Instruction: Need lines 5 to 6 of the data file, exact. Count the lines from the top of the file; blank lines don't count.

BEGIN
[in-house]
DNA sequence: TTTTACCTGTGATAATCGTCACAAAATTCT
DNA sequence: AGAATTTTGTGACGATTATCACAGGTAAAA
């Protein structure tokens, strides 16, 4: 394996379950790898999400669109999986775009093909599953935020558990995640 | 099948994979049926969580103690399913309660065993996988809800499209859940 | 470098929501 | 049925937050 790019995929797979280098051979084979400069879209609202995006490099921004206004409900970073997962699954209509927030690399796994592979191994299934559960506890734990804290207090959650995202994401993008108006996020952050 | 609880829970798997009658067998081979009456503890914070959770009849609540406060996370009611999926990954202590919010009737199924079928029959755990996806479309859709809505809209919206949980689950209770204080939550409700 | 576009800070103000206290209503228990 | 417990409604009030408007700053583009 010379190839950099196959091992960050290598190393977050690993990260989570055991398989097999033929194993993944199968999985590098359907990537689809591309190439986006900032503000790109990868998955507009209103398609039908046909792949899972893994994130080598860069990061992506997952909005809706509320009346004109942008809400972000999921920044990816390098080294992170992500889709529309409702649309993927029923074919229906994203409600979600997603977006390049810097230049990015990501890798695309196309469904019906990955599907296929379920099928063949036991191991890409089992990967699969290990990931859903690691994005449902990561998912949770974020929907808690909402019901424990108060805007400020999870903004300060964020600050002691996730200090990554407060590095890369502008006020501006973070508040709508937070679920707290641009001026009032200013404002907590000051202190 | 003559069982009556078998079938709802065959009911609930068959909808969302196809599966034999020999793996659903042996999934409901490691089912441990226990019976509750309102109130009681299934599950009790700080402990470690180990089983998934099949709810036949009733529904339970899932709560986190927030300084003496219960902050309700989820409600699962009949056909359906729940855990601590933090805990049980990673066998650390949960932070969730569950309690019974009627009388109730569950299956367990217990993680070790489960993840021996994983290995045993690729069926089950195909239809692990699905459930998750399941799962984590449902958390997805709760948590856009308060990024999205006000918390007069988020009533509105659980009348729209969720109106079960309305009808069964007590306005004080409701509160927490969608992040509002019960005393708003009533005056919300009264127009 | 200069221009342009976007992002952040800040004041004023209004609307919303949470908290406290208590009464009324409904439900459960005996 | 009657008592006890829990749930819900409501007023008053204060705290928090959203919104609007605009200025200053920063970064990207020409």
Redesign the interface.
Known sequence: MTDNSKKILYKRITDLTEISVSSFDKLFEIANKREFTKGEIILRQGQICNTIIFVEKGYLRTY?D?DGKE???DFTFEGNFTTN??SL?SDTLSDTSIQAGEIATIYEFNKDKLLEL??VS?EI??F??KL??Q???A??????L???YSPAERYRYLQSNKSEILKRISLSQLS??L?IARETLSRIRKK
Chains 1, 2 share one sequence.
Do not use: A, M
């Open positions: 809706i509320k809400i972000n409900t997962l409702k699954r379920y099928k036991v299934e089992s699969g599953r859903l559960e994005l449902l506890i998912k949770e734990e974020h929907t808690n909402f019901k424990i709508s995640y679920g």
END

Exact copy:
Redesign the interface.
Known sequence: MTDNSKKILYKRITDLTEISVSSFDKLFEIANKREFTKGEIILRQGQICNTIIFVEKGYLRTY?D?DGKE???DFTFEGNFTTN??SL?SDTLSDTSIQAGEIATIYEFNKDKLLEL??VS?EI??F??KL??Q???A??????L???YSPAERYRYLQSNKSEILKRISLSQLS??L?IARETLSRIRKK